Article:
The spontaneous development of hermaphroditic inflorescences (pistillate flowers containing anthers) on female plants during commercial marijuana cultivation creates a problem for growers, since the resulting seed formation reduces the quality of the harvested flower (Small, 2017). The allocation of resources by the female plant to pollen production, followed by seed production, can result in disproportionately lower levels of terpenes and essential oils (by up to 56%) in the pollinated flowers compared to unfertilized female flowers (Meier and Mediavilla, 1998). Therefore, inflorescences containing seeds are of lower quality and frequently not suited for sale. Unpollinated female flowers, on the other hand, continue to expand growth of the style-stigma tissues, potentially to increase opportunities for attracting pollen (Small and Naraine, 2015), and consequently are more desirable commercially. In the present study, we observed spontaneous formation of hermaphroditic flowers on 5–10% of plants of three different strains of marijuana grown indoors under commercial conditions. In most cases, small clusters of anthers developed within certain female flowers, replacing the pistil. In rare cases (two out of 1,000 plants), the entire female inflorescence was displaced by large numbers of clusters of anthers instead of pistils (Figure 3). The factors which trigger this change in phenotype have not been extensively researched. This is due, in part, to the restrictions placed by government regulatory agencies on conducting research experiments on flowering cannabis plants (including in Canada), which reduces the opportunity to conduct the types of controlled experiments that are needed to elucidate the basis for hermaphroditism.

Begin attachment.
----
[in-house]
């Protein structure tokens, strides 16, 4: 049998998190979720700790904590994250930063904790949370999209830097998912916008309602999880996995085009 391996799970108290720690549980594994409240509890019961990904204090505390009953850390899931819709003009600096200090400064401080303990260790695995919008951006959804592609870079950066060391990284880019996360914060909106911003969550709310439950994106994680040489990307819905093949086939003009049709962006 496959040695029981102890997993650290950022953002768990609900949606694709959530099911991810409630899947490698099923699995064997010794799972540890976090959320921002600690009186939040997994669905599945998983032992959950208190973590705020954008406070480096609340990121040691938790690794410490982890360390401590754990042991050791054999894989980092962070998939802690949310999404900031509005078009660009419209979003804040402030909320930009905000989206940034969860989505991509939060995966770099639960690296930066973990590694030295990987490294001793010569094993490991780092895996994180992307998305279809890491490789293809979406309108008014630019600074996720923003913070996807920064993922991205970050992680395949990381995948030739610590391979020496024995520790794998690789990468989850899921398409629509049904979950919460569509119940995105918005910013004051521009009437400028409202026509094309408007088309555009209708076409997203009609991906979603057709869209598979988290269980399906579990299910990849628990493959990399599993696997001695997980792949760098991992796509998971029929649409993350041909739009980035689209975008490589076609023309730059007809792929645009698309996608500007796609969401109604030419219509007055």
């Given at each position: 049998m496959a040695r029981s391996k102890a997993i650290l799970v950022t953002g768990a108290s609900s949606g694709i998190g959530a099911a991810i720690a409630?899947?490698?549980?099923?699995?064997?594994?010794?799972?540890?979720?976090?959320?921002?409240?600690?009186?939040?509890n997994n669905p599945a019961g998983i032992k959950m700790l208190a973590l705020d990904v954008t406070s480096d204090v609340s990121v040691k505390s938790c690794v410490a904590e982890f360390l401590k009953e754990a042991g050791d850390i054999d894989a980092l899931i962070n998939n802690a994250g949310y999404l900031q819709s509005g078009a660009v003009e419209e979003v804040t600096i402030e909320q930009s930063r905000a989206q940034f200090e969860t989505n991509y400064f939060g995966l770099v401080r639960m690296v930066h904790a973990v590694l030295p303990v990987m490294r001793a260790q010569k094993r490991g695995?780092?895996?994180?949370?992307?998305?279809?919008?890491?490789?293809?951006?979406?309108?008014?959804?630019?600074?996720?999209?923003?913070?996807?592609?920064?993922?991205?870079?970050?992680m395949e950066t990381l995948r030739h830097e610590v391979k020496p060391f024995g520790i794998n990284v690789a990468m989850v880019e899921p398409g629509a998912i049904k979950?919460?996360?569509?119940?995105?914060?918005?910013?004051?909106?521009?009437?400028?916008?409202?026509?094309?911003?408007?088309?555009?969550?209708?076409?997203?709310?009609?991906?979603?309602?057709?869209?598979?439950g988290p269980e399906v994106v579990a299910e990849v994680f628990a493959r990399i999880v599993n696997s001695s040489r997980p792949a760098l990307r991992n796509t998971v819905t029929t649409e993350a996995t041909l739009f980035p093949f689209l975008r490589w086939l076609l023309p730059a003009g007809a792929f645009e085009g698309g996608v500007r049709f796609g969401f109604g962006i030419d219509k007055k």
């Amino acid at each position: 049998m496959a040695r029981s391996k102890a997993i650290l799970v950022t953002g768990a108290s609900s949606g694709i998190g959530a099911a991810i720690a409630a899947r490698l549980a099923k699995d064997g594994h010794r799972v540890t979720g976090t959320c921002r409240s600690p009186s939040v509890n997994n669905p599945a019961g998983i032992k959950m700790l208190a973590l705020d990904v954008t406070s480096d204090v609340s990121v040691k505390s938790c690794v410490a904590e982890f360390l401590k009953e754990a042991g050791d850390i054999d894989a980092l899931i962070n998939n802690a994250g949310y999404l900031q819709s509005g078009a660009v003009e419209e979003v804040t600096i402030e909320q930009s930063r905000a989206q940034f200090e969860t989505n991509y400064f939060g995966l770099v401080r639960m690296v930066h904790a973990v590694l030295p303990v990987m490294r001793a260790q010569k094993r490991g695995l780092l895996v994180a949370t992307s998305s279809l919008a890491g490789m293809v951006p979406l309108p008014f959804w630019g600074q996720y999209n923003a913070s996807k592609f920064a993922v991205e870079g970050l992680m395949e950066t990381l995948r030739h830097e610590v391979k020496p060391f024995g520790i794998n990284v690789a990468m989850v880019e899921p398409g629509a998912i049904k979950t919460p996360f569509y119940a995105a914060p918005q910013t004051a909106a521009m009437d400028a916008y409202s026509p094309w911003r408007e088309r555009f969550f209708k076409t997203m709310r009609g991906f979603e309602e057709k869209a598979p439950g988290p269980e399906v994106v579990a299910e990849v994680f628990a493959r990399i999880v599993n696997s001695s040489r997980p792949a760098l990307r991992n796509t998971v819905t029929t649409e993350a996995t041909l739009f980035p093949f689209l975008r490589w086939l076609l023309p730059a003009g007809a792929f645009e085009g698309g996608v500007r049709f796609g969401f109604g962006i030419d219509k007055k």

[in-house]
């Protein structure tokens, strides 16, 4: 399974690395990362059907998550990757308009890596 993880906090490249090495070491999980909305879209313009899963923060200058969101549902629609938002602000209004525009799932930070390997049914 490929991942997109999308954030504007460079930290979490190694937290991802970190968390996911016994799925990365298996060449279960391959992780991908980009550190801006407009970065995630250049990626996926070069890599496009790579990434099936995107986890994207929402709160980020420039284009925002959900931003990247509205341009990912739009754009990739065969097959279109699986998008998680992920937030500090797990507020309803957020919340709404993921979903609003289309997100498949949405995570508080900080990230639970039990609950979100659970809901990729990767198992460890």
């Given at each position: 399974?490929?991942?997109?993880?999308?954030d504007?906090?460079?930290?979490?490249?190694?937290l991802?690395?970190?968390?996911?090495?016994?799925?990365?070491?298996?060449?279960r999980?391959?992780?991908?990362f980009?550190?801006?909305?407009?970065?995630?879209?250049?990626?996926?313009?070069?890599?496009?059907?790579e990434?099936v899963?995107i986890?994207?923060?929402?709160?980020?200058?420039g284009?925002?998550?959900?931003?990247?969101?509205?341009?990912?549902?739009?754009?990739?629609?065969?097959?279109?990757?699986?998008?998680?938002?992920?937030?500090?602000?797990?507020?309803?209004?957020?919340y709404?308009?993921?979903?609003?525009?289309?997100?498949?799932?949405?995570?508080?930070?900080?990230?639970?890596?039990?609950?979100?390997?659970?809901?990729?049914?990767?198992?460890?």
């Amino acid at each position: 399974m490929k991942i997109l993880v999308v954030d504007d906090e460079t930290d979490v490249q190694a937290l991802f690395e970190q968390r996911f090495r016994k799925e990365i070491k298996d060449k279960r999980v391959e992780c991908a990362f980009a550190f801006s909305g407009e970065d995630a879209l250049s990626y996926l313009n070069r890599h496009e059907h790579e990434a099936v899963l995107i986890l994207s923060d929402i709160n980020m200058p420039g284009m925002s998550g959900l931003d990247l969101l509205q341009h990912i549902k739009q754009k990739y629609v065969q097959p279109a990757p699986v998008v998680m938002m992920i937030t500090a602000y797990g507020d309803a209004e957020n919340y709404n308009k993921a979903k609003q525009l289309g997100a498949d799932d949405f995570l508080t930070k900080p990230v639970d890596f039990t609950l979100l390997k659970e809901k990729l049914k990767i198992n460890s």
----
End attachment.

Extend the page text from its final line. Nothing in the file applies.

In earlier research, induction of hermaphroditism in marijuana plants was achieved experimentally by applications of gibberellic acid (Heslop-Harrison, 1956, 1957; Ram and Jaiswal, 1970, 1972, 1974; Galoch, 1978; Rosenthal, 1991; United Nations Office on Drugs and Crime [UNOCD], 2009). Other studies showed that male and female flower ratios in marijuana plants could be altered by applications of chemicals such as 2-chloroethanephosphonic acid, aminoethoxyvinylglycine, silver nitrate, silver thiosulfate, or cobalt chloride (Ram and Jaiswal, 1970, 1972; Ram and Sett, 1981). Silver nitrate inhibits ethylene action in plants (Kumar et al., 2009) and was reported to increase male sex expression in marijuana, cucumber and gourd plants (Atsmon and Tabbak, 1979; Ram and Sett, 1982; Stankovic and Prodanovic, 2002). In a recent study, applications of silver thiosulfate induced male flower formation on genetically female hemp plants (Lubell and Brand, 2018). These findings demonstrate that changes in growth regulator levels in treated plants can impact hermaphroditic flower formation.